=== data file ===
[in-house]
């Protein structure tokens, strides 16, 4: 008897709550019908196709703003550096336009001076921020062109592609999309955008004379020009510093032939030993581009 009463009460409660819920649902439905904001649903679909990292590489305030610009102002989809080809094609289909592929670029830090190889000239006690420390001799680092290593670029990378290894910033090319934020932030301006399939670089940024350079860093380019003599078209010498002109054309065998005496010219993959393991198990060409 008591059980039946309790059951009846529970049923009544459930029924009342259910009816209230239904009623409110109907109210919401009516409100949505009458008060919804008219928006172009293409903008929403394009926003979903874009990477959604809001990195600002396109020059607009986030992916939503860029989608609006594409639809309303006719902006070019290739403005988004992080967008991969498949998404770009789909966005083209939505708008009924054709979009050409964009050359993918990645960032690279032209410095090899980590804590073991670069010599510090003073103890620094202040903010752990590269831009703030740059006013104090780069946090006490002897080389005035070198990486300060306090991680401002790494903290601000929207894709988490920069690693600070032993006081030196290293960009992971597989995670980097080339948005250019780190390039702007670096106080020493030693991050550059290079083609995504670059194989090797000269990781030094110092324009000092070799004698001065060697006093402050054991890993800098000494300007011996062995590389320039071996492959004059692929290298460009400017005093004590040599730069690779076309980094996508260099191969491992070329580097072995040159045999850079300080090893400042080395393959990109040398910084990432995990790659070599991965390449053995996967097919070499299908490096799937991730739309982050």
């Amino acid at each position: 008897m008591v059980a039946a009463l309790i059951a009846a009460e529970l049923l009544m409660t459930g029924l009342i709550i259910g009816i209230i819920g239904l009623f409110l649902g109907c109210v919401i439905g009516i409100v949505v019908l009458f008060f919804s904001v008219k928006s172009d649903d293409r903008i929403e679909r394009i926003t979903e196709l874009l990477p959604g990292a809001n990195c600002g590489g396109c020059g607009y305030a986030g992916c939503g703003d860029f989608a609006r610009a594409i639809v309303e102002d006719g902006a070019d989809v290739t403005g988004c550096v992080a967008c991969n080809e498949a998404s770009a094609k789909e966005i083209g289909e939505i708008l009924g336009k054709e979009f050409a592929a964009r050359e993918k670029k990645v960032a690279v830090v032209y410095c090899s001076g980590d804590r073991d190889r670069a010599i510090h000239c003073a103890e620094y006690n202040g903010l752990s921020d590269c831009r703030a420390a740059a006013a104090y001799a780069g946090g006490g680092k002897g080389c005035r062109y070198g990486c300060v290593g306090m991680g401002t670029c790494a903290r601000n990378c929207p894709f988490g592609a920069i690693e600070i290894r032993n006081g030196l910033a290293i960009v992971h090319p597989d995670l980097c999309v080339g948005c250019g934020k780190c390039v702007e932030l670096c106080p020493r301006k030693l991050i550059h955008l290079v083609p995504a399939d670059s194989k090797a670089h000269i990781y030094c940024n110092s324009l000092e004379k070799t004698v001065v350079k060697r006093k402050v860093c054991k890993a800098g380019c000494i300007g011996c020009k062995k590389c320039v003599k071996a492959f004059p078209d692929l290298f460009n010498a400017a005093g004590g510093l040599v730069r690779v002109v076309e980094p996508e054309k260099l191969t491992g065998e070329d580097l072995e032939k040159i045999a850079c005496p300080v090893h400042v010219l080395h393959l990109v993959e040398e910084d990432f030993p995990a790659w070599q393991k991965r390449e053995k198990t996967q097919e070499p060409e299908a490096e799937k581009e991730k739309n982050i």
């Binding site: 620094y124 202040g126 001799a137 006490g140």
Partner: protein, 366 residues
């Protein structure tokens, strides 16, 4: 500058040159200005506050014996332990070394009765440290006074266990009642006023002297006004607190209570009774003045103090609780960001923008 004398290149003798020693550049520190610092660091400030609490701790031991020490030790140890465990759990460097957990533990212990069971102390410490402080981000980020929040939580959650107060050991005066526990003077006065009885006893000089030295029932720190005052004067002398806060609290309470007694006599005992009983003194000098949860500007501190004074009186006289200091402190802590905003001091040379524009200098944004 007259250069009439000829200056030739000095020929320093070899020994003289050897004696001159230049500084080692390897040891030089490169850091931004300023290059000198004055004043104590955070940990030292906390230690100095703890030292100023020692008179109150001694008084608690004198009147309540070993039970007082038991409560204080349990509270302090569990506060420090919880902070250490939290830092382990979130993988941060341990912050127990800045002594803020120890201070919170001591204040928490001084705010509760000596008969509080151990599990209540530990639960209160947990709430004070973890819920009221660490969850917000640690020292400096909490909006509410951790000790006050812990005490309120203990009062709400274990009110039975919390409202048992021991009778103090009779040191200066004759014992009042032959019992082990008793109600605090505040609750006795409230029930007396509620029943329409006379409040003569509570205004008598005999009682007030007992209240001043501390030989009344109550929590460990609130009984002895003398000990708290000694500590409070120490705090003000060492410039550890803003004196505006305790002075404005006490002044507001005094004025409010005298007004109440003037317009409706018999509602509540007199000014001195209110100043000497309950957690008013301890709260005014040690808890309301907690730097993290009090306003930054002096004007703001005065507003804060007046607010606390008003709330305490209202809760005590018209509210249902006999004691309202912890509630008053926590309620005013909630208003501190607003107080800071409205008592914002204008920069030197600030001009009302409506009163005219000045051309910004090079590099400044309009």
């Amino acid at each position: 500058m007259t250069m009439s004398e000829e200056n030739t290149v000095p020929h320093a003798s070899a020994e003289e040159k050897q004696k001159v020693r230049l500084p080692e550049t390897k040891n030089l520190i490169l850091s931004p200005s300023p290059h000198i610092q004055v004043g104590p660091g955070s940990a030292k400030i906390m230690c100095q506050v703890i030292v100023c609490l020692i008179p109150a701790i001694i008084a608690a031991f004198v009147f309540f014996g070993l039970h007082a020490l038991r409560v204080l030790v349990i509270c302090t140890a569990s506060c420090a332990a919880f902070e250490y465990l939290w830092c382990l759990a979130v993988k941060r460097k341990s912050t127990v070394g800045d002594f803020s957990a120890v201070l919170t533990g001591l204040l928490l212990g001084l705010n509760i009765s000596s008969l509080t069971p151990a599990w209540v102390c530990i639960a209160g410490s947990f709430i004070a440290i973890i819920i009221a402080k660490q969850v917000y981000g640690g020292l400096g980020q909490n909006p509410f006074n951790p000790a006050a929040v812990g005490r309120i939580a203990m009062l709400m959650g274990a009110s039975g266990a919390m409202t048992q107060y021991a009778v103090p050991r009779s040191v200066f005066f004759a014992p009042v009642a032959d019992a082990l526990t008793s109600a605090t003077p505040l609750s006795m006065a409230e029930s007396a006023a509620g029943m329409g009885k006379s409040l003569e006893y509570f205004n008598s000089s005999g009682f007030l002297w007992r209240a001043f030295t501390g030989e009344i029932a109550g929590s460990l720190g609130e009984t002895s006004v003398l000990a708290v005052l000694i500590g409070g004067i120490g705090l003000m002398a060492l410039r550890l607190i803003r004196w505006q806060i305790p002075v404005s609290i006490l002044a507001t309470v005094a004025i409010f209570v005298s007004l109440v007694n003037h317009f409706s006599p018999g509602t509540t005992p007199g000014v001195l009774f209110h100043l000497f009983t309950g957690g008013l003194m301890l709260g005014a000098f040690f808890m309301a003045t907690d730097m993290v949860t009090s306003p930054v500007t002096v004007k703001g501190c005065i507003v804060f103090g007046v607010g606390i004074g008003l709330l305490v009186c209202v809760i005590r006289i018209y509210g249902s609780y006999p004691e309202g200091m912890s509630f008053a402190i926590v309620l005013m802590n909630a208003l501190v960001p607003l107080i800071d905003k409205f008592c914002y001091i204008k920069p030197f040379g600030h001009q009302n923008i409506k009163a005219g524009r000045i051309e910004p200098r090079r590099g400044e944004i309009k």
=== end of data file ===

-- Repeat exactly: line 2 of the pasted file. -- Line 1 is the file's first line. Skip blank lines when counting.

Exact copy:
């Protein structure tokens, strides 16, 4: 008897709550019908196709703003550096336009001076921020062109592609999309955008004379020009510093032939030993581009 009463009460409660819920649902439905904001649903679909990292590489305030610009102002989809080809094609289909592929670029830090190889000239006690420390001799680092290593670029990378290894910033090319934020932030301006399939670089940024350079860093380019003599078209010498002109054309065998005496010219993959393991198990060409 008591059980039946309790059951009846529970049923009544459930029924009342259910009816209230239904009623409110109907109210919401009516409100949505009458008060919804008219928006172009293409903008929403394009926003979903874009990477959604809001990195600002396109020059607009986030992916939503860029989608609006594409639809309303006719902006070019290739403005988004992080967008991969498949998404770009789909966005083209939505708008009924054709979009050409964009050359993918990645960032690279032209410095090899980590804590073991670069010599510090003073103890620094202040903010752990590269831009703030740059006013104090780069946090006490002897080389005035070198990486300060306090991680401002790494903290601000929207894709988490920069690693600070032993006081030196290293960009992971597989995670980097080339948005250019780190390039702007670096106080020493030693991050550059290079083609995504670059194989090797000269990781030094110092324009000092070799004698001065060697006093402050054991890993800098000494300007011996062995590389320039071996492959004059692929290298460009400017005093004590040599730069690779076309980094996508260099191969491992070329580097072995040159045999850079300080090893400042080395393959990109040398910084990432995990790659070599991965390449053995996967097919070499299908490096799937991730739309982050």